Differences in attitudes to uncertainty. How could it impact intercultural business interactions?

Have you ever wondered how cultural differences impact the day to day life of companies and their employees? Especially in the workplace decisions need to be made and things need to get done on a specific time. Whether it be a transporter being constantly late, or a business partner changing the details of a contract at the last minute –  a number of external factors can come and challenge our initial vision. How to handle this situations? Go with the flow and patiently readjust the plan? Get irritated and take steps to ensure that it doesn’t happen again? Cultural background shapes our attitudes to uncertainty, one of the most noticeable differences in a work environment.

Change, innovations and differences

According to Hofstede’s Uncertainty Avoidance Index, two of the most different from each other countries in the world regarding uncertainty and ambiguity are India and Japan. India is known to be an uncertainty accepting country. It usually involves a higher level of tolerance to ambiguity, a tendency to need less rules and formality in processes and procedures. It can therefore be easier (or at least quicker!) to initiate change and/or innovation. Members of such a culture might often show more patience and be a lot more comfortable with unexpected events and last minute change of hearts.

Japan, on another hand, is a typically uncertainty avoiding country. Members of this culture tend to avoid situations where they are uncertain of where their interests are, details must not be left out when negotiating. Changes should be extremely carefully thought through and rules must be in place. It can make processes and procedure seem lengthy to foreigners, especially if they’re members of an uncertainty accepting culture.

Intercultural encounters and potential misunderstandings

Let’s take the example of Vikash, an Indian manager on an assignment in Kyoto. Vikash will be in charge of starting an important project of managing change in the company. Enthusiastically, he starts working on things, but quickly finds out that in Japan things are a lot different! Protocols must be redacted and signed by all involved parties, each party must do their own research, discussion, and evaluation, before agreeing on bringing the decision to the highest board members. He sits in meetings after meetings, present great changes he wants to make, without nothing being decided and acted upon.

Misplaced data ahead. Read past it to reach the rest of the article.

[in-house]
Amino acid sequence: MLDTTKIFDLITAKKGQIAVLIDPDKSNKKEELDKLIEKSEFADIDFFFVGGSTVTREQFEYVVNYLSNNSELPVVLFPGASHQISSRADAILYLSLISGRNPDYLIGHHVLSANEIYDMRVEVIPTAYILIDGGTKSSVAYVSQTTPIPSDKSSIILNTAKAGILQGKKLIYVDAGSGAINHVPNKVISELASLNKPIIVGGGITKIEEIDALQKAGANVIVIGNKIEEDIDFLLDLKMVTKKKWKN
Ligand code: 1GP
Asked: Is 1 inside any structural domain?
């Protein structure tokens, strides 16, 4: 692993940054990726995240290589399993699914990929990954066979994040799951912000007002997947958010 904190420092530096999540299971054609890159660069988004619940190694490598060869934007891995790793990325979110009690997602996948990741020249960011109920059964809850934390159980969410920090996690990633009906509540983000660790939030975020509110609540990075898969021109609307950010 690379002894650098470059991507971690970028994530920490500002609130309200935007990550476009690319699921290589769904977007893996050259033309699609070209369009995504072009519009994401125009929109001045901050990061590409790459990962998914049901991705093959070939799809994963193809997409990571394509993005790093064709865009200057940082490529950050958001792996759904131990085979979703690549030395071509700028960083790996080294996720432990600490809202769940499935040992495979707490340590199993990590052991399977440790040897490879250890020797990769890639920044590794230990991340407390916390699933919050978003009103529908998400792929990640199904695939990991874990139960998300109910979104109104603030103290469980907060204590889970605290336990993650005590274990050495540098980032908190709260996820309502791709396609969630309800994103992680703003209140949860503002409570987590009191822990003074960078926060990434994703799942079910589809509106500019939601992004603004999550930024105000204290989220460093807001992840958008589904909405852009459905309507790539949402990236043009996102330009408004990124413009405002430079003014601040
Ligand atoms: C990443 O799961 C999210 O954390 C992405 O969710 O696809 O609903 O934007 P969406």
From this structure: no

What happens in this situation, if parties involved are unaware of their cultural differences? To Vikash, the numbers of rules in place might feel discouraging, unmotivating. Lengthy internal discussions before reaching an agreement might seem to him like distrust or unnecessary intransigence. Now, from the point of view of his Japanese colleagues and partners, Vikash’s tolerance to imperfection and ambiguity may be perceived as amateurism, unprofessionalism, incautiousness.

Intercultural Awareness

An awareness of the differences in attitudes and perception of uncertainty across cultures is necessary to ensure an efficient and respectful communication. Japanese managers might understand and therefore respond better to the attitudes of their Indian peers like Vikash, whom in return might comply with requirements, and avoid ambiguity in their Intercultural interactions.